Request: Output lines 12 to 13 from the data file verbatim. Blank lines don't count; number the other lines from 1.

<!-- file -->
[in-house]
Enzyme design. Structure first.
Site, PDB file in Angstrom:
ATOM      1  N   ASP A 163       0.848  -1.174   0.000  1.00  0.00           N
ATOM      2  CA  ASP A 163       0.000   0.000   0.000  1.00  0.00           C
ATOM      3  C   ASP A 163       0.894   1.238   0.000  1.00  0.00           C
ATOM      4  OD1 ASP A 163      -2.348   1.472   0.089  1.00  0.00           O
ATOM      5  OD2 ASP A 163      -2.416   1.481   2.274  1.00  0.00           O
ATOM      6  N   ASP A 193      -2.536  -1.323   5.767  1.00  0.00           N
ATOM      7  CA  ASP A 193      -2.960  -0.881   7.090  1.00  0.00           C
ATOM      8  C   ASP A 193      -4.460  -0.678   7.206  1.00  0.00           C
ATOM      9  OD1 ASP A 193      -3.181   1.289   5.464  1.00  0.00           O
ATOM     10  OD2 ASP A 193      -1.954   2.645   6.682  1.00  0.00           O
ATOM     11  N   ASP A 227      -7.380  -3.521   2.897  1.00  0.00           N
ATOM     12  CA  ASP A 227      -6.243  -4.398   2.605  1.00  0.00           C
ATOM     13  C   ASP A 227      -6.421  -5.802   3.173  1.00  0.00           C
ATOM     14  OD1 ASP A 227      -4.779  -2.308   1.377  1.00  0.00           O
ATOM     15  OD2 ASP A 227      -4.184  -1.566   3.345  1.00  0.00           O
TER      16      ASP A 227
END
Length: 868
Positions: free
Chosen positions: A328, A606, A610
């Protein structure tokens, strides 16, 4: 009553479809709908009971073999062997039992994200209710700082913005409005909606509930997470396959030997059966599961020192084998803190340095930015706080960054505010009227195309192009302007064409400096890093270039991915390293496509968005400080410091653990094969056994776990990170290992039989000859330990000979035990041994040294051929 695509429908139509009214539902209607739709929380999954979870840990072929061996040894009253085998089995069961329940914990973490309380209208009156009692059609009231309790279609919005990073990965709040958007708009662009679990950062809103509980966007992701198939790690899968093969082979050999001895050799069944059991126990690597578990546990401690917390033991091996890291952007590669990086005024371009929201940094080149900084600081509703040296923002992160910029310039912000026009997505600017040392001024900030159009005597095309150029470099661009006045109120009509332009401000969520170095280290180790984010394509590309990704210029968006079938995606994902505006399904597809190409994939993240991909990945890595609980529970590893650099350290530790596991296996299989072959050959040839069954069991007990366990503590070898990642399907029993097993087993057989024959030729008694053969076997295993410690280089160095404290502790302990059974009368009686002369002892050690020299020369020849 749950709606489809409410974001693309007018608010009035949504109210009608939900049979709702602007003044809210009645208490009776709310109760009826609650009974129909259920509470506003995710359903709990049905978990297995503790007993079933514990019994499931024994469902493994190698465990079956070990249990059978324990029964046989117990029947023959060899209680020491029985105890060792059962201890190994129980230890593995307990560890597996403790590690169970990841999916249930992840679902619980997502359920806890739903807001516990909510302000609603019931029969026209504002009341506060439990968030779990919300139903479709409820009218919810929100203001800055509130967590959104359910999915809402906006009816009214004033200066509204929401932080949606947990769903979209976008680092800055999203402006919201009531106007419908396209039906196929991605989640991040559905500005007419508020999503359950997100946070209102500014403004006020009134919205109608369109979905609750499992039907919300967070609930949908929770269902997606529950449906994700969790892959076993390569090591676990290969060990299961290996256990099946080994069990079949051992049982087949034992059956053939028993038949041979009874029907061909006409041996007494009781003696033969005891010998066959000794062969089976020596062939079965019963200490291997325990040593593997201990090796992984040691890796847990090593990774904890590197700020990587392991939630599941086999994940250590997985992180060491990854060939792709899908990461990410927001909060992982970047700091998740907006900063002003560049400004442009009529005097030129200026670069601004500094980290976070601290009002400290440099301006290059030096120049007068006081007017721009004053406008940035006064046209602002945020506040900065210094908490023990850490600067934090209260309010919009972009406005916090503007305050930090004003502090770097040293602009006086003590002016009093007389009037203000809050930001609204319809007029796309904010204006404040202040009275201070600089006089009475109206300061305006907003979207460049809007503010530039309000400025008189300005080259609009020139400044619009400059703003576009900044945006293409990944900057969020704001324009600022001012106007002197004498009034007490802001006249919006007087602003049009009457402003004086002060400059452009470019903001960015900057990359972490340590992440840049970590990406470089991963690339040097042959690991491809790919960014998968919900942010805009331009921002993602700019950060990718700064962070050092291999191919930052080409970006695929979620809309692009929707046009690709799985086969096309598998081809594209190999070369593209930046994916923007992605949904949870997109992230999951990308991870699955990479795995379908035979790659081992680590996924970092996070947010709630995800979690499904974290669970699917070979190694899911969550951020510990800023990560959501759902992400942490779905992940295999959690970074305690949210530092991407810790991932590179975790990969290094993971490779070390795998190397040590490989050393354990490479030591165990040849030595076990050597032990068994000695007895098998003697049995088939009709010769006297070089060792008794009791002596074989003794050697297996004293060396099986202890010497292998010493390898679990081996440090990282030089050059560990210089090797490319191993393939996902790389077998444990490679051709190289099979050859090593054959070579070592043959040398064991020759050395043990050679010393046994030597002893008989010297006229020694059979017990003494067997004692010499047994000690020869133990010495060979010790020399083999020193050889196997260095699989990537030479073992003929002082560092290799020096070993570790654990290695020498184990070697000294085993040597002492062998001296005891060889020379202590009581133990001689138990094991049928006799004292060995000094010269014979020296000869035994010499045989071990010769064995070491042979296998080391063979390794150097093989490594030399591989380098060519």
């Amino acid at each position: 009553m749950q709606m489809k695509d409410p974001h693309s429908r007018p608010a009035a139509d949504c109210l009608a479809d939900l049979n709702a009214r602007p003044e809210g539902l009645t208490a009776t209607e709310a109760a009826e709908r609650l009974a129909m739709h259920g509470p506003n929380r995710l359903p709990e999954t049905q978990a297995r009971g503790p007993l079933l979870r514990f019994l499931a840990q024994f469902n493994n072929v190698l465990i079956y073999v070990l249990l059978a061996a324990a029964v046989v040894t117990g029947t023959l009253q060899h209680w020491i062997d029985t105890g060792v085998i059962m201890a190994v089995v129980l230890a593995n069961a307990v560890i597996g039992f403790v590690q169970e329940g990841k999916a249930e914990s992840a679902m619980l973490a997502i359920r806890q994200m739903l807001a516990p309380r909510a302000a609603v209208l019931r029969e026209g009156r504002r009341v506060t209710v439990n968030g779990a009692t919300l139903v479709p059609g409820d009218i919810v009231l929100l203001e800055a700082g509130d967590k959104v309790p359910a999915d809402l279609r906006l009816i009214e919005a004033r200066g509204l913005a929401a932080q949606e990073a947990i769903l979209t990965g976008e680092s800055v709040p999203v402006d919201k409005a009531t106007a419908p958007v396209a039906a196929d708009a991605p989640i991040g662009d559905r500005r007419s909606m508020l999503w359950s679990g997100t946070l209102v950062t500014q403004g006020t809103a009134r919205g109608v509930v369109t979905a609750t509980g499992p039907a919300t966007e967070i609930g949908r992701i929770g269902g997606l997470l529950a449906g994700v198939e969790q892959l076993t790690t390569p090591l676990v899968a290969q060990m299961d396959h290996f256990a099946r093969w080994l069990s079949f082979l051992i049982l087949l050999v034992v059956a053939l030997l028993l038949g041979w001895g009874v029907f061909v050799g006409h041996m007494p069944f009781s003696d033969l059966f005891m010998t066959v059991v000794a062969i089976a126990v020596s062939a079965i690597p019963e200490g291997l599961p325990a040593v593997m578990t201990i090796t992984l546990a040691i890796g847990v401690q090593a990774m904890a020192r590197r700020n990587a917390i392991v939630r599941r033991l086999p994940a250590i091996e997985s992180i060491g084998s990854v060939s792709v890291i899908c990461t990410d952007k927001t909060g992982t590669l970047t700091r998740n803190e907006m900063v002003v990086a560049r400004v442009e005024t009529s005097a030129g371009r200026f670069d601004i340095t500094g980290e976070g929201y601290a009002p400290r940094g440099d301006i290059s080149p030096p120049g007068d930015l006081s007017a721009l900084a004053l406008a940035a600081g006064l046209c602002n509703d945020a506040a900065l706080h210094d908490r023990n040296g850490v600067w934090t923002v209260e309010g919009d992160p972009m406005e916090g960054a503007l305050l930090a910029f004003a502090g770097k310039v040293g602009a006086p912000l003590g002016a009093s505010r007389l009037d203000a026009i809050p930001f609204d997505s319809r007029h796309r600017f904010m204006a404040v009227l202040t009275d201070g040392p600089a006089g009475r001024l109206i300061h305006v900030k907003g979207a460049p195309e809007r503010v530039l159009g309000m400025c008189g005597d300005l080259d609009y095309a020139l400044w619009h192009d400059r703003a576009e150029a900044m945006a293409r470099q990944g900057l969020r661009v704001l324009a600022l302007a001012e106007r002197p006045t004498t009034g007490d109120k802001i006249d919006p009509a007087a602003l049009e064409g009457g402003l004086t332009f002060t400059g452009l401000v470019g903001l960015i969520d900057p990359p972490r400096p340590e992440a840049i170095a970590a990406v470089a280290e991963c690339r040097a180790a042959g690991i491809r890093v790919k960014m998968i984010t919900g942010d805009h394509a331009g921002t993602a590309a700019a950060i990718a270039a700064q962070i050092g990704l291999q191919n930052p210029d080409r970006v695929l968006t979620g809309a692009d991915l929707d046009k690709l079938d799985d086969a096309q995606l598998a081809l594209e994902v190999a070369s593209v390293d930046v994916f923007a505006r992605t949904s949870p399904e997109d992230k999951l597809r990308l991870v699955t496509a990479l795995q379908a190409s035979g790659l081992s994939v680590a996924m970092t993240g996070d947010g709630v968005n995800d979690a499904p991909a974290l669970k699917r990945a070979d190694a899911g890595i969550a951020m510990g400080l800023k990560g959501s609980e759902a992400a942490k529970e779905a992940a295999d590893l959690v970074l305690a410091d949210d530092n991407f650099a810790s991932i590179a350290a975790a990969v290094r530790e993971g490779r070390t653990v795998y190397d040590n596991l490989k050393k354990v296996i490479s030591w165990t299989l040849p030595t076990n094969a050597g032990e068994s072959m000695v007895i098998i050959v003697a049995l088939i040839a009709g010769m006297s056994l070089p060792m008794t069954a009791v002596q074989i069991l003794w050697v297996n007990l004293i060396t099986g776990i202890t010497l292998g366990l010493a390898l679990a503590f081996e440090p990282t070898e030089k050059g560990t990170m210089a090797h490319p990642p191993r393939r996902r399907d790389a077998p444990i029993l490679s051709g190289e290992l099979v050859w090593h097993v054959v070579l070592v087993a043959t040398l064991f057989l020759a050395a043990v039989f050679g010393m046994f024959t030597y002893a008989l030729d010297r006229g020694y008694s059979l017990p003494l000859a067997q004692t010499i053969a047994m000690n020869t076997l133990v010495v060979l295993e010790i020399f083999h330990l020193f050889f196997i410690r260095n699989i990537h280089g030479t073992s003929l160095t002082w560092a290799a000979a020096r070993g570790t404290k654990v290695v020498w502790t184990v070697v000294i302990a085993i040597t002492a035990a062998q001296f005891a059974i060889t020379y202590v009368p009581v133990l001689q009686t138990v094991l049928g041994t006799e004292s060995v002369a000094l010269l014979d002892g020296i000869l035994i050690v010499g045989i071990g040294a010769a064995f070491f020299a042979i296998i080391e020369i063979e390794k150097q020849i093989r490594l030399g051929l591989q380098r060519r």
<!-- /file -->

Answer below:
ATOM      9  OD1 ASP A 193      -3.181   1.289   5.464  1.00  0.00           O
ATOM     10  OD2 ASP A 193      -1.954   2.645   6.682  1.00  0.00           O